Grandmother tracks down historic Sunderland clock thanks to Echo story

Gwen Young and Lynda Clark with the Gowlands clock
Gwen Young and Lynda Clark with the Gowlands clock
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A grandmother has managed to track down a piece of history which she believes was made by her ancestors - all thanks to the Echo.

We reported earlier this year that one of Sunderland’s oldest clocks was set to fetch hundreds of pounds at auction.

The Gowland's clock

The Gowland's clock

The so-called bracket clock is ‘signed’ on the back and the front ‘Gowlands Sunderland’ and was made during the reign of King George III, between 1760 and 1820.

And after seeing our story on the item going under the hammer, Sunderland-born Lynda Clark was determined to obtain it as she believes it was made by ancestors of hers.

“I was born in Cairo Street in Sunderland in 1947,” explained Lynda, who now lives in Waterfoot, a village south of Glasgow in Scotland.

“At the age of three my Dad acquired a new job and moved the family to Scotland where I have lived ever since.

“The Echo article had said it was expected to go for £300 to £500 and I decided the most I would go up to would be £1,000.”

Lynda Clark

“I have maintained close ties with Sunderland and have visited, approximately annually, all of my life as I have always had relatives here.

“My great, great, great, great maternal grandfather was Clement Gowland who was a clockmaker in Sunderland.

“His extended family made not only clocks but jewellery, silverware and optical equipment.

“I and my family have purchased a number of items made by the Gowlands including grandfather clocks, pocket watches, binoculars, silver spoons and a barometer.”
After seeing that the clock was going under the hammer, Lynda was determined to make it hers, phoning in a bid to Reeman Dansie Auctions in Colchester, in Essex.

The Gowland's clock

The Gowland's clock

“I ended up paying £800 to get it,” said Lynda, whose cousin Gwen Young, 63, lives in Tunstall in Sunderland.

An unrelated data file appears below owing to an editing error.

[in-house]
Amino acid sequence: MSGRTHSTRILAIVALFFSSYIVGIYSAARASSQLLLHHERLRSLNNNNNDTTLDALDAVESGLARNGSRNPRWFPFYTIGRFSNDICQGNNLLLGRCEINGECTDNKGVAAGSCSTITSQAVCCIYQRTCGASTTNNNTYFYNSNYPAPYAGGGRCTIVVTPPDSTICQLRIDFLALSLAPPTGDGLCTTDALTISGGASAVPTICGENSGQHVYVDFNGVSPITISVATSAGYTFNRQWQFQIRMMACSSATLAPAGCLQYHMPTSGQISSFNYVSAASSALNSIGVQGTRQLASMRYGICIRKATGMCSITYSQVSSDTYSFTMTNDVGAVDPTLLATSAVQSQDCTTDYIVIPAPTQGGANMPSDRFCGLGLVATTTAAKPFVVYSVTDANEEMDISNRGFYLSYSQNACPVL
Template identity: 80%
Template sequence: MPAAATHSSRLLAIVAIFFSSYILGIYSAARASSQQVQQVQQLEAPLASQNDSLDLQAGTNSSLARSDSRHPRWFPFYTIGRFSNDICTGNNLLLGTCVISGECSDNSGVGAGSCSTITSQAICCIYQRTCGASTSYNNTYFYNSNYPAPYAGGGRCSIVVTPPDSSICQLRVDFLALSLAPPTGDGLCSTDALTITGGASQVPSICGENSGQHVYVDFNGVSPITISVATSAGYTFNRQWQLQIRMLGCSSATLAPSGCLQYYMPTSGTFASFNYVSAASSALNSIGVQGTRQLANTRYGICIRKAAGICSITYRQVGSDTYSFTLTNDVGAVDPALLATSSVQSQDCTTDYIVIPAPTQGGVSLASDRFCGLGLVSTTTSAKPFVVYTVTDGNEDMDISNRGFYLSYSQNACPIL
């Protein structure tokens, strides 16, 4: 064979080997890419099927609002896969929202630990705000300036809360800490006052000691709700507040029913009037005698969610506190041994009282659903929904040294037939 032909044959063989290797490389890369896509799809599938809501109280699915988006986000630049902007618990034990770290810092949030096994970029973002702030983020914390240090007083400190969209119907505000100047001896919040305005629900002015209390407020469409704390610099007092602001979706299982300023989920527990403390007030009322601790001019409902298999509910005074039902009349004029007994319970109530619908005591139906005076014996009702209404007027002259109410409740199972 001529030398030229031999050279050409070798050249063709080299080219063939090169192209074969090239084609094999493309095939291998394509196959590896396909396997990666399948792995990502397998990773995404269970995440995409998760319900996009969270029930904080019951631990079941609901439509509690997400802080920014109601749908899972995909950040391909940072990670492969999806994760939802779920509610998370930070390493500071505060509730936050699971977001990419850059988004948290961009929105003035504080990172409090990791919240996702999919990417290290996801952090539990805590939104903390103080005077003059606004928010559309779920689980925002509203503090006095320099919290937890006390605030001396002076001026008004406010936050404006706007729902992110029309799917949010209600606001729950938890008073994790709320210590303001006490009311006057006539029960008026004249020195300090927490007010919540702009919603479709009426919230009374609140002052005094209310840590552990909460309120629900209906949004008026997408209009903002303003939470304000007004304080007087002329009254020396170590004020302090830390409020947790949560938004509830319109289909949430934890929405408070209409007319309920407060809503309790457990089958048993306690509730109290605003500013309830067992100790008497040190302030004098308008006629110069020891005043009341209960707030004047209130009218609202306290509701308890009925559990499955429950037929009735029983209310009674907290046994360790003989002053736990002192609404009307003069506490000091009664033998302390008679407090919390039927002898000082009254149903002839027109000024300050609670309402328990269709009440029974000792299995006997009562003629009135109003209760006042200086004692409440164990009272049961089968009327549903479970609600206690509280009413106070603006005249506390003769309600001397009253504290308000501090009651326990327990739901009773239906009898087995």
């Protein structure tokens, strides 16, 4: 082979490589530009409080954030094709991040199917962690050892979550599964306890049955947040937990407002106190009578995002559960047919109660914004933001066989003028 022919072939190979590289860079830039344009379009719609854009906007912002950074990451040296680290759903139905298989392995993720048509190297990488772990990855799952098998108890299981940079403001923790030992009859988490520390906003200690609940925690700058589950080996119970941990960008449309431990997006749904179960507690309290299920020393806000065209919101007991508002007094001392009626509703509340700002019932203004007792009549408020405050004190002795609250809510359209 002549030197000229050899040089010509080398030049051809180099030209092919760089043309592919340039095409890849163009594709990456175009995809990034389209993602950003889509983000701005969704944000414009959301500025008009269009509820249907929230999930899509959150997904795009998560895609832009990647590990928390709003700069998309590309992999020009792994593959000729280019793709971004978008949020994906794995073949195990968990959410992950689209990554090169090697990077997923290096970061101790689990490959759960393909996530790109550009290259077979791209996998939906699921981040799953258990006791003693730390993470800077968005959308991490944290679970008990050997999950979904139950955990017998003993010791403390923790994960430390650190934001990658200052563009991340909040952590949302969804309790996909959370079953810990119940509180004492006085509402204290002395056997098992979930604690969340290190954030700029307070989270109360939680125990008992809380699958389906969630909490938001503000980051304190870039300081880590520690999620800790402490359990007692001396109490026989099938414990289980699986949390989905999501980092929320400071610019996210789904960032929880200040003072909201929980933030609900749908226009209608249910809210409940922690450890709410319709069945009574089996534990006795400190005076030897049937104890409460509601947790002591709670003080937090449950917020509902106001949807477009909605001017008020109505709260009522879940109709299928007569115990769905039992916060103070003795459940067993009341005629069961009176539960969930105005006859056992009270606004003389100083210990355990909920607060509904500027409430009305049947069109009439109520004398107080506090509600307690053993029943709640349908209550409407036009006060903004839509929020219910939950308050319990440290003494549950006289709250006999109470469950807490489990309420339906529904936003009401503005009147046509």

“The Echo article had said it was expected to go for £300 to £500 and I decided the most I would go up to would be £1,000.

“It’s twice the size I expected it to be and three times the weight, but I’ve got it on my mantlepiece now.”

According to G.H.Baillie’s Watchmakers & Clockmakers of the World, Clement Gowland was a watchmaker in Sunderland between 1780 and 1800 although members of Mr Gowland’s family were running the business after those dates. From around 1825 until around 1840, William Gowland and his brother Clement were running the business and for a brief period in the 1830s their sister, Ann,was also a partner. In 1842, William Gowland announced in an advertisement that he was leaving Sunderland and offered a 20% discount on the goods at his shop in High Street, Sunderland.

The Gowlands were in business in Sunderland High Street, when Sunderland’s greatest artist, Clarkson Stanfield, was born nearby on December 3, 1793, above a shop, which then stood on the eastern corner of Playhouse Lane, later Drury Lane, where it joined Sunderland High Street.

Despite her happiness at getting the clock, Lynda, mum to Michael, 40, and Carolyn, and a grandmother of six, admitted there is still some uncertainty whether it was actually made by a relative of hers.

“I am really thrilled with the clock although there is debate over who made it,” she said.

“It could have been Clement, who is in my direct line, yet he normally signed his products ‘Clement Gowland’.

“This clock is signed ‘Gowland’s’ on the face and ‘Gowlands’ on the back which might suggest it was made by his sons, my great, great, great, great uncles.

“In spite of many clues it is impossible to accurately date the clock which was undoubtedly made on the cusp of the business passing to the sons.”